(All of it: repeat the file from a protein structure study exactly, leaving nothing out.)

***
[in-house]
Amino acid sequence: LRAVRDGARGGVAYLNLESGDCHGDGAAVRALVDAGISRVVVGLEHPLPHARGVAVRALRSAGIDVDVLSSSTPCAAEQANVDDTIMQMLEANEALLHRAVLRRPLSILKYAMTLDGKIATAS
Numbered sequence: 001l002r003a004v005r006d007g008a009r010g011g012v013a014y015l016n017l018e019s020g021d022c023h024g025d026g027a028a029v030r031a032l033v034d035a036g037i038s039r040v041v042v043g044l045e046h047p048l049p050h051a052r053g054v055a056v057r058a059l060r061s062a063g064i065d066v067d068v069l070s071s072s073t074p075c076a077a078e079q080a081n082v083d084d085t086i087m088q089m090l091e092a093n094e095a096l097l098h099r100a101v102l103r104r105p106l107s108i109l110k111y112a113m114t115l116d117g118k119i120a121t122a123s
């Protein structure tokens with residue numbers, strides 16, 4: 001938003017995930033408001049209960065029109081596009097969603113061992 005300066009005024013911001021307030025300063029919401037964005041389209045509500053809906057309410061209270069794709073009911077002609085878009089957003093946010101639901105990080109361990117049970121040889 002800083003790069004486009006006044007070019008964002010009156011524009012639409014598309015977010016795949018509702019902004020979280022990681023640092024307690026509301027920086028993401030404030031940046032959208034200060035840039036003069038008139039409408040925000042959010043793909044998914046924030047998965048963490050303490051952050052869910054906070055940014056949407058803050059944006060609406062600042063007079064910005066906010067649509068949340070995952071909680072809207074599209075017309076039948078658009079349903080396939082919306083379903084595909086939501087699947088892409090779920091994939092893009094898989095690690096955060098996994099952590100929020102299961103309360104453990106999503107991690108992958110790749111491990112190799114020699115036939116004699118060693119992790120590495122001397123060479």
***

[in-house]
Amino acid sequence: LRAVRDGARGGVAYLNLESGDCHGDGAAVRALVDAGISRVVVGLEHPLPHARGVAVRALRSAGIDVDVLSSSTPCAAEQANVDDTIMQMLEANEALLHRAVLRRPLSILKYAMTLDGKIATAS
Numbered sequence: 001l002r003a004v005r006d007g008a009r010g011g012v013a014y015l016n017l018e019s020g021d022c023h024g025d026g027a028a029v030r031a032l033v034d035a036g037i038s039r040v041v042v043g044l045e046h047p048l049p050h051a052r053g054v055a056v057r058a059l060r061s062a063g064i065d066v067d068v069l070s071s072s073t074p075c076a077a078e079q080a081n082v083d084d085t086i087m088q089m090l091e092a093n094e095a096l097l098h099r100a101v102l103r104r105p106l107s108i109l110k111y112a113m114t115l116d117g118k119i120a121t122a123s
């Protein structure tokens with residue numbers, strides 16, 4: 001938003017995930033408001049209960065029109081596009097969603113061992 005300066009005024013911001021307030025300063029919401037964005041389209045509500053809906057309410061209270069794709073009911077002609085878009089957003093946010101639901105990080109361990117049970121040889 002800083003790069004486009006006044007070019008964002010009156011524009012639409014598309015977010016795949018509702019902004020979280022990681023640092024307690026509301027920086028993401030404030031940046032959208034200060035840039036003069038008139039409408040925000042959010043793909044998914046924030047998965048963490050303490051952050052869910054906070055940014056949407058803050059944006060609406062600042063007079064910005066906010067649509068949340070995952071909680072809207074599209075017309076039948078658009079349903080396939082919306083379903084595909086939501087699947088892409090779920091994939092893009094898989095690690096955060098996994099952590100929020102299961103309360104453990106999503107991690108992958110790749111491990112190799114020699115036939116004699118060693119992790120590495122001397123060479």